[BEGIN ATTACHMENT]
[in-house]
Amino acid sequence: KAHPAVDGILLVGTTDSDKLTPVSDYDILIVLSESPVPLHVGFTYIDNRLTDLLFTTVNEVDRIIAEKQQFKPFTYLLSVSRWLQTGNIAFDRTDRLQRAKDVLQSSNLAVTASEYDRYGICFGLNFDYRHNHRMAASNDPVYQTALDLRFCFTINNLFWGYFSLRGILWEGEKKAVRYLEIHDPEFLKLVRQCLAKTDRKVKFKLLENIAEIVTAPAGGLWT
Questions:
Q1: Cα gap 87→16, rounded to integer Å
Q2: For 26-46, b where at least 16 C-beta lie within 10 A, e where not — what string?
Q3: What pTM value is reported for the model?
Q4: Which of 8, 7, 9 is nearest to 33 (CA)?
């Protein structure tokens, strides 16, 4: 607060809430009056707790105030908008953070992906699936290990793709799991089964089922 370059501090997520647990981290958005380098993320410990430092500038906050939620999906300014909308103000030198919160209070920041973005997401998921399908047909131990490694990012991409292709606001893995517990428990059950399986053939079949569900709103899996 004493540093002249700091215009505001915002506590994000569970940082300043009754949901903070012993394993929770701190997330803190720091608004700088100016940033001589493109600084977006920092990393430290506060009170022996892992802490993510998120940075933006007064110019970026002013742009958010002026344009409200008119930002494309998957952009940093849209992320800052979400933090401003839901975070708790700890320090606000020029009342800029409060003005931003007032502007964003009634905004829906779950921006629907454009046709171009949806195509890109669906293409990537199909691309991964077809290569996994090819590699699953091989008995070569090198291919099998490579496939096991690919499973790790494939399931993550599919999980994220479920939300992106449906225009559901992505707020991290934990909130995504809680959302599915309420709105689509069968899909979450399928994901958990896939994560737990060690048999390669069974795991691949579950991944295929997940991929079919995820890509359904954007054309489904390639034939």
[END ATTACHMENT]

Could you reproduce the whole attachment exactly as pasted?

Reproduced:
[in-house]
Amino acid sequence: KAHPAVDGILLVGTTDSDKLTPVSDYDILIVLSESPVPLHVGFTYIDNRLTDLLFTTVNEVDRIIAEKQQFKPFTYLLSVSRWLQTGNIAFDRTDRLQRAKDVLQSSNLAVTASEYDRYGICFGLNFDYRHNHRMAASNDPVYQTALDLRFCFTINNLFWGYFSLRGILWEGEKKAVRYLEIHDPEFLKLVRQCLAKTDRKVKFKLLENIAEIVTAPAGGLWT
Questions:
Q1: Cα gap 87→16, rounded to integer Å
Q2: For 26-46, b where at least 16 C-beta lie within 10 A, e where not — what string?
Q3: What pTM value is reported for the model?
Q4: Which of 8, 7, 9 is nearest to 33 (CA)?
């Protein structure tokens, strides 16, 4: 607060809430009056707790105030908008953070992906699936290990793709799991089964089922 370059501090997520647990981290958005380098993320410990430092500038906050939620999906300014909308103000030198919160209070920041973005997401998921399908047909131990490694990012991409292709606001893995517990428990059950399986053939079949569900709103899996 004493540093002249700091215009505001915002506590994000569970940082300043009754949901903070012993394993929770701190997330803190720091608004700088100016940033001589493109600084977006920092990393430290506060009170022996892992802490993510998120940075933006007064110019970026002013742009958010002026344009409200008119930002494309998957952009940093849209992320800052979400933090401003839901975070708790700890320090606000020029009342800029409060003005931003007032502007964003009634905004829906779950921006629907454009046709171009949806195509890109669906293409990537199909691309991964077809290569996994090819590699699953091989008995070569090198291919099998490579496939096991690919499973790790494939399931993550599919999980994220479920939300992106449906225009559901992505707020991290934990909130995504809680959302599915309420709105689509069968899909979450399928994901958990896939994560737990060690048999390669069974795991691949579950991944295929997940991929079919995820890509359904954007054309489904390639034939």